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Middlebrow Modernity: Irish Writers and The New Yorker in the Mid-Twentieth Century

Project description

Shedding light on the connection between Irish writers and The New Yorker

The New Yorker (TNY) was a magnet for Irish writers as they actively contributed to the American publication in the mid-20th century, helping establish themselves in the United States and abroad. The EU-funded IWandTNYinMID20thC project seeks to uncover the writers’ connection to the TNY’s post-war liberalism and how much this connection redefined Ireland’s isolated literary environment with respect to global modernity. It will leverage periodical studies and theories of middlebrow culture to develop a theoretical framework. IWandTNYinMID20thC claims that Irish writers connected with TNY because they all had doubts about modernity. The findings will provide the first-ever contextualised literary, biographical account of the connection between TNY and Irish and American writers.


This project explores Irish writers’ connections with The New Yorker, shedding new light on the literary transactions between the US and Ireland in the mid-twentieth century. I investigate how Irish writers engaged with the American metropolitan magazine’s post-war liberalism; I also consider the extent to which the connection with TNY can help us redefine Ireland’s “isolated” literary environment in relation to global modernity.
Many important Irish writers contributed regularly to TNY. While it is well known that the magazine enhanced Irish writers’ international standings, some critics have voiced concerns that the magazine’s scrupulous editorial process limited the writers’ experimentalism and capitalized upon their stories’ Irishness in order to appeal to a largely American readership. This criticism, however, risks overstating the popular magazine’s supposed “conservatism.” As a middlebrow publication that aimed to inform and entertain at the same time, TNY navigated the liminal—yet richly evocative—space between highbrow culture and lowbrow humour, revealing an ambivalent attitude towards both radical reforms and middleclass complacency. Drawing on periodical studies and theories of middlebrow culture to establish my theoretical framework, I consider this metropolitan magazine’s fraught relationships with the experimental arts and its intimate involvement in the experience of modernity. I argue that it was not TNY’s “conservatism,” but its ambivalences towards modernity that resonated with mid-twentieth-century Irish writers.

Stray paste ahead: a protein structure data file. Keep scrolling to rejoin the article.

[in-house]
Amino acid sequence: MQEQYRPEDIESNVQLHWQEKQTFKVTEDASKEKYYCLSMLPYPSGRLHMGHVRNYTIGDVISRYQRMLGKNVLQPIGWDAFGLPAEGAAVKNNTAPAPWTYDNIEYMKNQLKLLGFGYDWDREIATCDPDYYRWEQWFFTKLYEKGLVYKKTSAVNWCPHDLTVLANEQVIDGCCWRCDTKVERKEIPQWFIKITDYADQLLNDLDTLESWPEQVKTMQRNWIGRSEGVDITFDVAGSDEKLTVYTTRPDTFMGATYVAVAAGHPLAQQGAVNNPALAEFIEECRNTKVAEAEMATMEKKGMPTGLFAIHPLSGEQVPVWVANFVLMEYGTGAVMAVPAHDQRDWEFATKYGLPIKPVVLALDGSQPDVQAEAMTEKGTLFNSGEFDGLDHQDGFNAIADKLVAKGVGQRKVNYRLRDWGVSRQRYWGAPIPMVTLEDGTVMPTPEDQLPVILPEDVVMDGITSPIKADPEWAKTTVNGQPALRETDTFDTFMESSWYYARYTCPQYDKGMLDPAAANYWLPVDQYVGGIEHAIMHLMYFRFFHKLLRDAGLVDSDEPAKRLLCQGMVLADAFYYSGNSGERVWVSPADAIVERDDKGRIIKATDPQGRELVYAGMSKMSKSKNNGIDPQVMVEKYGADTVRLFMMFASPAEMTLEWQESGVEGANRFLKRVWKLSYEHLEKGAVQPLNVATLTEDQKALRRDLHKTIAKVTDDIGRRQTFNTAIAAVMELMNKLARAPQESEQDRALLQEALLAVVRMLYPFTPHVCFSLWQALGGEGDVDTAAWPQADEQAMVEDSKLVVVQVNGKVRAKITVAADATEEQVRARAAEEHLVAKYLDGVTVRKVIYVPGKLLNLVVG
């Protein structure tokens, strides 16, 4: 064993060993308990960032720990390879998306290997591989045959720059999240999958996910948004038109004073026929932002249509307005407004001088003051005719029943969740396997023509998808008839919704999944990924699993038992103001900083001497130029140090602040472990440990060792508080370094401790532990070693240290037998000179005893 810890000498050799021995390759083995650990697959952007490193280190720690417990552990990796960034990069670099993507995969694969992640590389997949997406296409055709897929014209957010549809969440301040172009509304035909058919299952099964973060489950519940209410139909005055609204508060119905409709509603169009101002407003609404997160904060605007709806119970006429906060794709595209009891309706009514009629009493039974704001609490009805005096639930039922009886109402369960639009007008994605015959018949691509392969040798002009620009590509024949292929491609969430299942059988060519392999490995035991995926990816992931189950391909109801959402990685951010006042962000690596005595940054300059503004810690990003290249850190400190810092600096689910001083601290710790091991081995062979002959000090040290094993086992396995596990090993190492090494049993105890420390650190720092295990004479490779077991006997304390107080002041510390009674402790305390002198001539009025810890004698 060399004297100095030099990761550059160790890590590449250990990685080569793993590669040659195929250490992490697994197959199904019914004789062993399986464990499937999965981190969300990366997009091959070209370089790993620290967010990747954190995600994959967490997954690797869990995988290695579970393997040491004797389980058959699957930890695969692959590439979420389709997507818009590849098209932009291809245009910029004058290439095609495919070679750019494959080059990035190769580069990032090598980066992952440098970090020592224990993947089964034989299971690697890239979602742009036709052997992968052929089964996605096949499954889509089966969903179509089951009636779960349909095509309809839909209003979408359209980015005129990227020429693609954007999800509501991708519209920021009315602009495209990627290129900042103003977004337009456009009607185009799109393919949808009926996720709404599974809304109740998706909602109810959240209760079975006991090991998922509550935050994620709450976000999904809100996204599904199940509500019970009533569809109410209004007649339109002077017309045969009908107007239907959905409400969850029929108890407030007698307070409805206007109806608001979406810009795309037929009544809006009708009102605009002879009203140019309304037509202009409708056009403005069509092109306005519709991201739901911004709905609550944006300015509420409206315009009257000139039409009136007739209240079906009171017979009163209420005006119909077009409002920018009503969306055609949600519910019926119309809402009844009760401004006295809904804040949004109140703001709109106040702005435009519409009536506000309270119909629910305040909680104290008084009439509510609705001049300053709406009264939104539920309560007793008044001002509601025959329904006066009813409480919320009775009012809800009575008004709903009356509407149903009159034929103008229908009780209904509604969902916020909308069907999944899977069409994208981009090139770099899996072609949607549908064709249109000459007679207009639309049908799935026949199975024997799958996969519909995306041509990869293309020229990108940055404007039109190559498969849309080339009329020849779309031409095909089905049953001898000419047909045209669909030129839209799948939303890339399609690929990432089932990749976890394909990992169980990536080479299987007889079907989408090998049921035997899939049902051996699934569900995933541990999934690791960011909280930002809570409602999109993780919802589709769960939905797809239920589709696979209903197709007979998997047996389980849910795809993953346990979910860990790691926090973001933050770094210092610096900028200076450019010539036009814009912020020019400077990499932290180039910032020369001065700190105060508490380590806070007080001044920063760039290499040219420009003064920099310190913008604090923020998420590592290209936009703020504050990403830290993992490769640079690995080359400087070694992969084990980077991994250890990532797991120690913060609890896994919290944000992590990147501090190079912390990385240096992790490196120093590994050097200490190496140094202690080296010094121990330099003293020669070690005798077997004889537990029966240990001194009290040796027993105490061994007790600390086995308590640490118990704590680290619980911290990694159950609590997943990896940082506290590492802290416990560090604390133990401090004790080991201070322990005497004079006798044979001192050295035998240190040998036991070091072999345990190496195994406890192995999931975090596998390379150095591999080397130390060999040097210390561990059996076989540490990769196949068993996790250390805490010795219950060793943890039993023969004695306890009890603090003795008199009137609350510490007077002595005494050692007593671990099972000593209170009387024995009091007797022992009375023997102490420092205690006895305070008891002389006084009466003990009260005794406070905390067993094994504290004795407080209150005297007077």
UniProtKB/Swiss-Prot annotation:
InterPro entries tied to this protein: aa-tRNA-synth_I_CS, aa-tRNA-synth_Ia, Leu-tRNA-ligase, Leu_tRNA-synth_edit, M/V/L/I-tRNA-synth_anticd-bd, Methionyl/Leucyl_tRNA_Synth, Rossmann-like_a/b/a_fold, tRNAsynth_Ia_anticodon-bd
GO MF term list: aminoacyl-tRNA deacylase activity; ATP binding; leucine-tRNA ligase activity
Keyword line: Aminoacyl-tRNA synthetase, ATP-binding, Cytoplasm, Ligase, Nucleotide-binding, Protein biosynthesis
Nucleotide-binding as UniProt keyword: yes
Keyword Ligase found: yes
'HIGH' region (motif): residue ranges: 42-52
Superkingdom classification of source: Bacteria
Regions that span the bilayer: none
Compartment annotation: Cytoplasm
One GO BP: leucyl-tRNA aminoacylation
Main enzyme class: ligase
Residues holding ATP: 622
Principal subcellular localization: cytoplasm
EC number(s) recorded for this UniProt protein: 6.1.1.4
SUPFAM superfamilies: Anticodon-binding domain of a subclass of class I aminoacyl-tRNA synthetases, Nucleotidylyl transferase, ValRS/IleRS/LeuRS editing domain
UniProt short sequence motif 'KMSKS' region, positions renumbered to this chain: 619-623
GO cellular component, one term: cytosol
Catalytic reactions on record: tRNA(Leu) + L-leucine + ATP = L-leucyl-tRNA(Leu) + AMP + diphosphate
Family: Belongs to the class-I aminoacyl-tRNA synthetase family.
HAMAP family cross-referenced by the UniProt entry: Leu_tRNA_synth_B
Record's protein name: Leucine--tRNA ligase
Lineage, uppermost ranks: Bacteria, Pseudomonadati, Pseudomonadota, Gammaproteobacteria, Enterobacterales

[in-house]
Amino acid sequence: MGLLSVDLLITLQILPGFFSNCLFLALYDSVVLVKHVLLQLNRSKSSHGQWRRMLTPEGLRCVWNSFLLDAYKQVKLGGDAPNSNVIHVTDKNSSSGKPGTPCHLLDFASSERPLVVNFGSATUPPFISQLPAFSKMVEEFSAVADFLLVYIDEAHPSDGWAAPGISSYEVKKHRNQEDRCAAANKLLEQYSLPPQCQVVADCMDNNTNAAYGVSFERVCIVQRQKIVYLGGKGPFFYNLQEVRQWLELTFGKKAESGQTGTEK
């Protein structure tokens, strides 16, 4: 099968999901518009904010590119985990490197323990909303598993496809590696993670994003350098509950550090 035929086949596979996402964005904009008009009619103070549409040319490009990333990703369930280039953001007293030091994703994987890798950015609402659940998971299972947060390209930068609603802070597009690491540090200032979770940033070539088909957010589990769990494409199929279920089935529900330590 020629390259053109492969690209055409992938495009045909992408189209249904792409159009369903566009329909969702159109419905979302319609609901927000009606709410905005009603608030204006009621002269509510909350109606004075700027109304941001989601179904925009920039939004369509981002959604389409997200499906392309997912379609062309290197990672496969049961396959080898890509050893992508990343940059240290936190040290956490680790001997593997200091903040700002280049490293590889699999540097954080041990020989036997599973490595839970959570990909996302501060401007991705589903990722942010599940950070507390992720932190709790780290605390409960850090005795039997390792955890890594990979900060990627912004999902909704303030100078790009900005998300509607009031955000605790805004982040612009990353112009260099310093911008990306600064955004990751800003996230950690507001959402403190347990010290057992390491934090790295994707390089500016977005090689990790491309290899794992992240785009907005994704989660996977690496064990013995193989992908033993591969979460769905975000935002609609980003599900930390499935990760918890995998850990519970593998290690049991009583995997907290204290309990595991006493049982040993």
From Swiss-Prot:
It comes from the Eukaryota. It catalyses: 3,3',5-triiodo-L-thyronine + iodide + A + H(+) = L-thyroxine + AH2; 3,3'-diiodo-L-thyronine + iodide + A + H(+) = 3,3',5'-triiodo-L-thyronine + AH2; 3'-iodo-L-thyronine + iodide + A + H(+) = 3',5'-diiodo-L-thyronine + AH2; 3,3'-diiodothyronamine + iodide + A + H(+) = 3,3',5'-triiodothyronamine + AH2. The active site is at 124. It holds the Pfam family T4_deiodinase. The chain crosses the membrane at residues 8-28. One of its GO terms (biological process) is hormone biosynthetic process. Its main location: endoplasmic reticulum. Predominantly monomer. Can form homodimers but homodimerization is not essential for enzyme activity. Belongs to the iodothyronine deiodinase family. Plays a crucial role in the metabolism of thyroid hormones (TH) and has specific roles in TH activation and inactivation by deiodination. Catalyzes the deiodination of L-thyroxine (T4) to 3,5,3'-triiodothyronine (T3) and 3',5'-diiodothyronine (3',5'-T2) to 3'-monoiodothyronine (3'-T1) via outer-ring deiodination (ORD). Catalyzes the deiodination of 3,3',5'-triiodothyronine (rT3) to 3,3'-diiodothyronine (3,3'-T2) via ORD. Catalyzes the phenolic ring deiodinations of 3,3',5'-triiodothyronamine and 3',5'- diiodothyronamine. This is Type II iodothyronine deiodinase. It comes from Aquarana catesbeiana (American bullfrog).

Re-inserting the fictional works of the Irish writers into the textual space of TNY—alongside the cartoons, advertisements, and journalistic reports—this project advances our understanding of the Irish short story in relation to metropolitan and transatlantic modernity. It offers the first fully contextualized literary–biographical account of the relationships between the TNY editors, the Irish writers, and their American peers.

Fields of science



Net EU contribution
€ 175 920,00
Oude markt 13
3000 Leuven

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Vlaams Gewest Prov. Vlaams-Brabant Arr. Leuven
Activity type
Higher or Secondary Education Establishments
EU contribution
No data

Partners (1)